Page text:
No. 358 NAI 2003/17/181

Letter from John W. Dulanty to Joseph P. Walshe (Dublin)
(Secret) (Copy)

London, 8 September 1936

Note of a Meeting held at Treasury Chambers,

Whitehall, at 11 a.m. on Monday,

7th September, 1936



Sir N.F. Warren Fisher

Sir Horace J. Wilson

Sir Edward J. Harding

The High Commissioner for the Irish Free State - Mr John Dulanty

Sir Warren Fisher stated that the British Government shared President de Valera's wish that a spirit of co-operation should prevail between Great Britain and the Irish Free State, and for that reason they had agreed to Mr. Malcolm MacDonald's proposals that exploratory talks should take place with a view of seeing whether it would be possible to find a solution of the questions outstanding between the two countries. The friendly atmosphere on the part of the British Cabinet was referred to in terms of emphasis by Sir Warren Fisher.

I said that I thought my Government, whilst ready and willing to consider such proposals as the British Government might put forward, were of opinion that no real solution bringing permanent peace and goodwill between the two peoples was possible so long as the present disunion of Ireland existed. The President had recently explained to Mr. MacDonald his view that the British should not be misled into thinking that superficial modifications, instead of really fundamental changes, would lead to a satisfactory settlement.

Sir Horace Wilson thought that the task before us was to put side by side full statements of the British and Irish positions and to make a close examination of them with the object of discovering points of approach or contact which would enable us to reach agreement on the questions outstanding.

Sir Warren Fisher read the concluding paragraph of a memorandum which had been submitted to the British Cabinet - drawn up by Ministers who were also lawyers - the point of which paragraph was its emphasis on the fact that it was the spirit of the British Commonwealth which gave it the flush of life, which made it a workable institution, whereas the 'letter alone killeth'. It was their hope that on constitutional matters, bearing in mind this idea of the living spirit as against the dead letter, forms of words might be found which would satisfy both countries.

On the constitutional aspect two other questions were raised. If the present King in his capacity as head of the British Commonwealth visited Dublin would he under the proposed new Free State Constitution be received with the politeness extended to a foreign monarch such as the King of Denmark, or would he be recognised as the head of a group of States of which the Irish Free State was one? I said this was clearly a matter for reference, but I called attention to President de Valera's statement that in the new Constitution the King would have no part or lot in the internal affairs of our country but would continue his present functions on external matters. The other question, raised by Sir Horace Wilson, was as to whether the President under the new Constitution would in any way maintain the link between the King and the Irish Free State in relation to its internal affairs, or alternatively whether any other link could be established. Thus far that link had been provided, in however attenuated a form, by the Governor General, and whilst there would probably be no great concern in England about the abolition of the title of Governor General it would certainly be important for the British Government to be able to say that there was still some link between the Irish Free State Government and the King in relation to its internal affairs.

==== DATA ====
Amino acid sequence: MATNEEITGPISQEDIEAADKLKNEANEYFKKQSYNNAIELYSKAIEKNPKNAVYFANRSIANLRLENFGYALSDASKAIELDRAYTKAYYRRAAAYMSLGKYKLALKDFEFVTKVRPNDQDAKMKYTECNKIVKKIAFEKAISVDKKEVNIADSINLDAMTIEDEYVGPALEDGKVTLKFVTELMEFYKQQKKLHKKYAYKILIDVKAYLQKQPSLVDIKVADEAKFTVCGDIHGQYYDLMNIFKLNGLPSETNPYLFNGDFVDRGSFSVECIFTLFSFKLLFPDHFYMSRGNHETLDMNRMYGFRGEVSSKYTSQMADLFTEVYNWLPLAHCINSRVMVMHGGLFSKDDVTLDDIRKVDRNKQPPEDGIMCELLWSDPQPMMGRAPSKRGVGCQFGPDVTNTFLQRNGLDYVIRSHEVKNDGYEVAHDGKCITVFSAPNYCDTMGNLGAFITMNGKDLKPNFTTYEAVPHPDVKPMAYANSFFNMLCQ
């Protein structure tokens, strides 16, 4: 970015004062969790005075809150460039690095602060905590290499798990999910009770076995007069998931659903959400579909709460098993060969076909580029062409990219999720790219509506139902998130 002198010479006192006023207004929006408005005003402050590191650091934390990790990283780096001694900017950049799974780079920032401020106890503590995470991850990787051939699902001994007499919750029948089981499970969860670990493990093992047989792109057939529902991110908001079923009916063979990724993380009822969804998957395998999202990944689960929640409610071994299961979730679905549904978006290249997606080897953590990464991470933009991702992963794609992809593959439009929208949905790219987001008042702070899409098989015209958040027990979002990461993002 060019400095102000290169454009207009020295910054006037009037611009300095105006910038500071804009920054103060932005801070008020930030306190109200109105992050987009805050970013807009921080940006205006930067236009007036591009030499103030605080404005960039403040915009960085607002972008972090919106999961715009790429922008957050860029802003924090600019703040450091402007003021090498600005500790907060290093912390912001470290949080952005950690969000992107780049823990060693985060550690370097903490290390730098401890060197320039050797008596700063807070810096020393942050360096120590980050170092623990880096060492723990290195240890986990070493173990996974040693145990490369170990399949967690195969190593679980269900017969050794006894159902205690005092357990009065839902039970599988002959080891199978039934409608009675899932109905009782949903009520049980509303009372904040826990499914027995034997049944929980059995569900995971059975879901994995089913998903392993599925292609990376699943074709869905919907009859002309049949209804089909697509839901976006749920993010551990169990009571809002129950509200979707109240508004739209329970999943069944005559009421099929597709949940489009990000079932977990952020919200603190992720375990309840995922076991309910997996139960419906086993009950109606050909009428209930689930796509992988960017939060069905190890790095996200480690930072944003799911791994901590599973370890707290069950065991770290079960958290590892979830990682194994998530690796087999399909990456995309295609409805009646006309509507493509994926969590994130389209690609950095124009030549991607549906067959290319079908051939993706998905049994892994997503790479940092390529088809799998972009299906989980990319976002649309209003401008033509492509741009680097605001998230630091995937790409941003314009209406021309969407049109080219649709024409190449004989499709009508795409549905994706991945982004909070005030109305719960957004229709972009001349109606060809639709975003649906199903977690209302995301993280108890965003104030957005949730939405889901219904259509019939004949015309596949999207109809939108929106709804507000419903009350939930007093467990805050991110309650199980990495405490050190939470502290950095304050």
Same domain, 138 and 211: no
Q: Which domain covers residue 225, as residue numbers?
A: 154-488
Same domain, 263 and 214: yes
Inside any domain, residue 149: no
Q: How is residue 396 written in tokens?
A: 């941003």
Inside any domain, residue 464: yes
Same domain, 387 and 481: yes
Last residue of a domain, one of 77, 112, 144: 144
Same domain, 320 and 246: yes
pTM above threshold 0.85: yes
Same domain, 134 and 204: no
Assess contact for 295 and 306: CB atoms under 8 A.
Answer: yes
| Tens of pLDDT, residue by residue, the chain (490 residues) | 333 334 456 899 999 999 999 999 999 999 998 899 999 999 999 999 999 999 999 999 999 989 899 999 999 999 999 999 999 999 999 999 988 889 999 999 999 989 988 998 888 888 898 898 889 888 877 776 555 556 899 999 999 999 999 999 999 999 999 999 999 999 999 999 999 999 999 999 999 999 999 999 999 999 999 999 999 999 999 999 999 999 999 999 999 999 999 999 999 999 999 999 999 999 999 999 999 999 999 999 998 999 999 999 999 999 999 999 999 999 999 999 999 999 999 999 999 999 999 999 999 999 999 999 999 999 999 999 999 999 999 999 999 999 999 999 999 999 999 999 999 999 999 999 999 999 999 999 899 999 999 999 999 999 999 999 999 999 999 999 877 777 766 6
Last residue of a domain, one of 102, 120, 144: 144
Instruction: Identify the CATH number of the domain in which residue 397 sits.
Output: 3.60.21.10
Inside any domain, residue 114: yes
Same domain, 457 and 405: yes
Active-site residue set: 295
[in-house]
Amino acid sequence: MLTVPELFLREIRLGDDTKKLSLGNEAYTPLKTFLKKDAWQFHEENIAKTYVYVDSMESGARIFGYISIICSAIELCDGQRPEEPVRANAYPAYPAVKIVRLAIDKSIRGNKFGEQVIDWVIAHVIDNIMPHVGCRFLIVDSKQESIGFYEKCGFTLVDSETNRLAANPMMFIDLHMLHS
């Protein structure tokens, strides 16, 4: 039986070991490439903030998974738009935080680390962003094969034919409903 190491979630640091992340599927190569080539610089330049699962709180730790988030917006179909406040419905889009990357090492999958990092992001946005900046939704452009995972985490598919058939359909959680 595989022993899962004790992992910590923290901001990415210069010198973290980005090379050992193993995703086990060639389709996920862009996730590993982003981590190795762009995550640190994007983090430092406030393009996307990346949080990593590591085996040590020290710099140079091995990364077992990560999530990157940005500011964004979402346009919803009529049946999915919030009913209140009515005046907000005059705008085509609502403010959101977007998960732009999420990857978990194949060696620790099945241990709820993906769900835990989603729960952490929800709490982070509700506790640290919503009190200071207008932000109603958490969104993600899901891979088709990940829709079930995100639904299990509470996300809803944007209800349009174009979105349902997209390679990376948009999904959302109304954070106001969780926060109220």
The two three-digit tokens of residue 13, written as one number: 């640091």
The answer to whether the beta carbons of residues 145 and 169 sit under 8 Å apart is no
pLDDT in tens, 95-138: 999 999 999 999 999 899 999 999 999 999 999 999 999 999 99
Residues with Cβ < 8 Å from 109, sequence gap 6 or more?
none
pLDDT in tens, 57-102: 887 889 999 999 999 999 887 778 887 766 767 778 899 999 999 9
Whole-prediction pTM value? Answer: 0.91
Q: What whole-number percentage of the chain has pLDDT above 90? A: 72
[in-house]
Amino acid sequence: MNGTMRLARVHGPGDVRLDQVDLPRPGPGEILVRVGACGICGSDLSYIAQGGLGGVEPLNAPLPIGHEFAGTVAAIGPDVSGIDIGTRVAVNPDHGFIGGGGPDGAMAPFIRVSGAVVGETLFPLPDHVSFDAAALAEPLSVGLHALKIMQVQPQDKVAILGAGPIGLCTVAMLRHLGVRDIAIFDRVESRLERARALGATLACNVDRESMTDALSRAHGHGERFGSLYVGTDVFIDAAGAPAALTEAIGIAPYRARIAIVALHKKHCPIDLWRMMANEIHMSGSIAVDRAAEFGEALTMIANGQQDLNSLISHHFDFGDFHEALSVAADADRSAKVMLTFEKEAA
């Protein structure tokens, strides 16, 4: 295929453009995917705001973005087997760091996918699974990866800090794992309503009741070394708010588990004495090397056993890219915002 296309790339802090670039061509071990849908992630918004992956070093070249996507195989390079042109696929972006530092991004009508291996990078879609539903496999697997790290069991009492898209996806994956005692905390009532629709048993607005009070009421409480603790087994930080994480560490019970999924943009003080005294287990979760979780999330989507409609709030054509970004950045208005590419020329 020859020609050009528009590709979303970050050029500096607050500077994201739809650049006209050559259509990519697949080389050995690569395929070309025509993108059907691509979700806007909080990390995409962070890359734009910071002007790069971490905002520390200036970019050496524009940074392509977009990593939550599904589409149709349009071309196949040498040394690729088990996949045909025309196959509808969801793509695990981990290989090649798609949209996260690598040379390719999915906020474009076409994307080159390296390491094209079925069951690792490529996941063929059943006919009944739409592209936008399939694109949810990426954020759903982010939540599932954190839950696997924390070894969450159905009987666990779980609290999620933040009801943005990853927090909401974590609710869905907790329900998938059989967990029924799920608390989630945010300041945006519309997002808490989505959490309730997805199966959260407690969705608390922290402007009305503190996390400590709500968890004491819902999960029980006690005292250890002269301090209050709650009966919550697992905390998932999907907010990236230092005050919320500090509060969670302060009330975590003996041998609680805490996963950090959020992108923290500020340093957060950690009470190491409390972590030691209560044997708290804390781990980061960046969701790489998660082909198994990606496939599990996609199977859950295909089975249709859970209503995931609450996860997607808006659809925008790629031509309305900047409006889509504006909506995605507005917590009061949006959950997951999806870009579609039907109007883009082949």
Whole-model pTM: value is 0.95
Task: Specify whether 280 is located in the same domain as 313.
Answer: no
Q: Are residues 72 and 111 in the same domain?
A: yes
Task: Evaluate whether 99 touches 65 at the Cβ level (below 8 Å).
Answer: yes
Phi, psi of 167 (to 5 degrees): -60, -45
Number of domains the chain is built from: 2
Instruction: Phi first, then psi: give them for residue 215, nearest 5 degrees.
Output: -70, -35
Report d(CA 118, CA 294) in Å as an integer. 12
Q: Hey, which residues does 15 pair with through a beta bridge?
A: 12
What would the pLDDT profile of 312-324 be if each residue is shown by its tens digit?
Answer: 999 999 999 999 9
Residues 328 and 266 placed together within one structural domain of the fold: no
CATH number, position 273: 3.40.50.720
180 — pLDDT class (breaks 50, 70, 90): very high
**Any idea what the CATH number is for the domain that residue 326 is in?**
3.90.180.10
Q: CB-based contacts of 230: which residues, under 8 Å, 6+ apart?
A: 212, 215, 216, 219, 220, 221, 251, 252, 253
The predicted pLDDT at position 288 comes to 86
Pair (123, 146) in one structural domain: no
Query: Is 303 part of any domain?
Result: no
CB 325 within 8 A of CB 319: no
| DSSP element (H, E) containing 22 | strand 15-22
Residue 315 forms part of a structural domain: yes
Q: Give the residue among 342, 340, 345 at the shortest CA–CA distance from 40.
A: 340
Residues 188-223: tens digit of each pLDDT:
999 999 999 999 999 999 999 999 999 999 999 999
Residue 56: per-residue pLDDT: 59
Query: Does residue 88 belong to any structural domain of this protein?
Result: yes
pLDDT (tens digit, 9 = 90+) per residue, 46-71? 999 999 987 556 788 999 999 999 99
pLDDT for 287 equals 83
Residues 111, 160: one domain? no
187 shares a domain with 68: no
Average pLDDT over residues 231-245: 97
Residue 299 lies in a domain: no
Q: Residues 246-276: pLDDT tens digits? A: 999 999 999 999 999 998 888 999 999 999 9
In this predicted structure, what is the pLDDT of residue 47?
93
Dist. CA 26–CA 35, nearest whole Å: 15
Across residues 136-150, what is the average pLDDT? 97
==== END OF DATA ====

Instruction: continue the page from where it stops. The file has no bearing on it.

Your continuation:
I asked whether it would not be possible to let me have a statement giving, even in outline only, the general principles of the settlement contemplated by the British Government. Sir Warren Fisher said the difficulty about that was that the British Government had taken so definitely the line that whatever arrangements might be made on the financial and economic questions those arrangements should not in any sense even appear as a consideration in return for possible agreements on the constitutional question; but he promised to supply me with notes at any rate on the Constitutional and Defence aspects.

On the assumption that Commonwealth status would be maintained in such a way as would satisfy Great Britain and the other States of the Commonwealth group I gathered that the British Government would make suggestions on the Defence question which would, they thought, satisfy the Irish Free State Government on certain conditions, as for example, the availability of the Irish ports to the British Navy and Air Force in time of war. Sir Warren Fisher said that the position of the British Government on the question of finance was that they would be glad to receive proposals from the Irish Government. The possibility of an economic or trade agreement on the basis of reciprocity would be dependent, Sir Horace Wilson thought, on the settlement of the outstanding financial dispute.

[copy letter unsigned]
High Commissioner

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